Four Drivers for Decarbonisation
  • linkedin icon
  • twitter icon
  • facebook icon
  • youtube icon
  • instagram icon

Martyn Link, Chief Strategy Officer at Wood, throws down the gauntlet with four calls to action to ensure the UK takes pole position in driving deep decarbonisation in the race to net-zero.

In 2021, a conversation on climate change and the quest for net-zero is never far away.  It sits high on news bulletins as well as boardroom, political and public policy agendas. The last 18 months will go down in history, not only because of the Covid-19 pandemic, but because the commitment to climate change has never been greater.

From the release of Bill Gates’ number one New York Times best seller ‘How to Avoid a Climate Disaster’ to the UK Government’s Hydrogen Strategy; scientists, politicians and business leaders are setting the stage for the right market conditions to decarbonise hard-to-abate sectors.

As industry digests the latest Whitehall thinking, we must consider our response to ensure a competitive domestic supply chain and significant new export opportunities for UK companies.  Systemic change is required for the structure, integration, collaboration and education needed to meet global goals.

1. Emergency brings order

Historically, the world has always faced major challenges, they were just different to todays. Humanity is used to adaptation and transformation. Nothing is insurmountable, but we need structure and focus.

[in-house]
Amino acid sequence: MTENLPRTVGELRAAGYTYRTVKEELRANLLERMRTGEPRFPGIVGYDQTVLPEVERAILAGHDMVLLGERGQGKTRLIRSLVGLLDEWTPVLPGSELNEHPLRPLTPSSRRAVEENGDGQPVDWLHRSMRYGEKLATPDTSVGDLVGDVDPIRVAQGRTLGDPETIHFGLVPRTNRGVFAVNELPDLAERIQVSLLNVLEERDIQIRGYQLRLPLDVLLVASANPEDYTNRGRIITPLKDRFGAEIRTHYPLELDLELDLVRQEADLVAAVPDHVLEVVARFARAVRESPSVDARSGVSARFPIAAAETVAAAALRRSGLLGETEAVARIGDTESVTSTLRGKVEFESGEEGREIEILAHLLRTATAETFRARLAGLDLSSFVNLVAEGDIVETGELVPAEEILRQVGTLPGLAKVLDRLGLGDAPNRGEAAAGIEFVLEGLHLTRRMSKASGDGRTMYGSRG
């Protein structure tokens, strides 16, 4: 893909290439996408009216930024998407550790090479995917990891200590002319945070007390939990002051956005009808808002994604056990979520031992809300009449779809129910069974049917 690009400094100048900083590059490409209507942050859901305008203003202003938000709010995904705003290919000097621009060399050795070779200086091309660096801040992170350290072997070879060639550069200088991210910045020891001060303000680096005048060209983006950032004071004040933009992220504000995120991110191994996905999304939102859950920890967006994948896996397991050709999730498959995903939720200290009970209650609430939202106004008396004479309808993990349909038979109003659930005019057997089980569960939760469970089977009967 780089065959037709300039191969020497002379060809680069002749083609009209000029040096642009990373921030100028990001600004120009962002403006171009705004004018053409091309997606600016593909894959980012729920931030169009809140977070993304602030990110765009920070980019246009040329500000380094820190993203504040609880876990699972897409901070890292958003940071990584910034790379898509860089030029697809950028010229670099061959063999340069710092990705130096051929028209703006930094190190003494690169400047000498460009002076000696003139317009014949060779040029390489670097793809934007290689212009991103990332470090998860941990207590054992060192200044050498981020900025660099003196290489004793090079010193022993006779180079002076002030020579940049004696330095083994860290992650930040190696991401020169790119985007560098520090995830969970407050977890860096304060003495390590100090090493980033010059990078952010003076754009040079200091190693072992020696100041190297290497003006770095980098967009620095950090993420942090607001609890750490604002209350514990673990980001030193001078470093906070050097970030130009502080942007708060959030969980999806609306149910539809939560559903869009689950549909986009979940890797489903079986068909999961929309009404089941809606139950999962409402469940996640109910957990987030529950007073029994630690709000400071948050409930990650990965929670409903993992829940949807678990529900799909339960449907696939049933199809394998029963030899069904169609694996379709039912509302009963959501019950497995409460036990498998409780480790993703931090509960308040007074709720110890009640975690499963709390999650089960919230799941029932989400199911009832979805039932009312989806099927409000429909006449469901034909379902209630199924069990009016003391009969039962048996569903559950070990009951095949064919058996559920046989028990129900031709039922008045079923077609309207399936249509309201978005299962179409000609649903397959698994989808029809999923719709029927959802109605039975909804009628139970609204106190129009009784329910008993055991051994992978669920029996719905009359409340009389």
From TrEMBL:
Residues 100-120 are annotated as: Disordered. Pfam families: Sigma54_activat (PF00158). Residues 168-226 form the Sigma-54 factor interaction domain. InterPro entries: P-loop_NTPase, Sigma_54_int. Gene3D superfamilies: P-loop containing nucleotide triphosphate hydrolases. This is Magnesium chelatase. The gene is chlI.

In February 2014, the UK government released a report on Maximising Economic Recovery (MER), calling for a new regulator with the power to optimise return from the North Sea. The Oil and Gas Authority (OGA) was born and, cut to 2021, it has published more than 417 success stories delivering tangible value in both barrels and efficiencies.

Another new national regulatory body, with the distinct remit to provide focus and oversee the decarbonisation of industry and homes, could be powerful. A ‘net-zero’ agency bringing together energy, chemicals, transportation, infrastructure and manufacturing. A sister to the Climate Change Committee, with its own regulatory clout, it could be supported by the Department for Business, Energy & Industrial Strategy (BEIS) with visibility across the spectrum from Shetland to Southampton, residential to retail and from forests to financial services.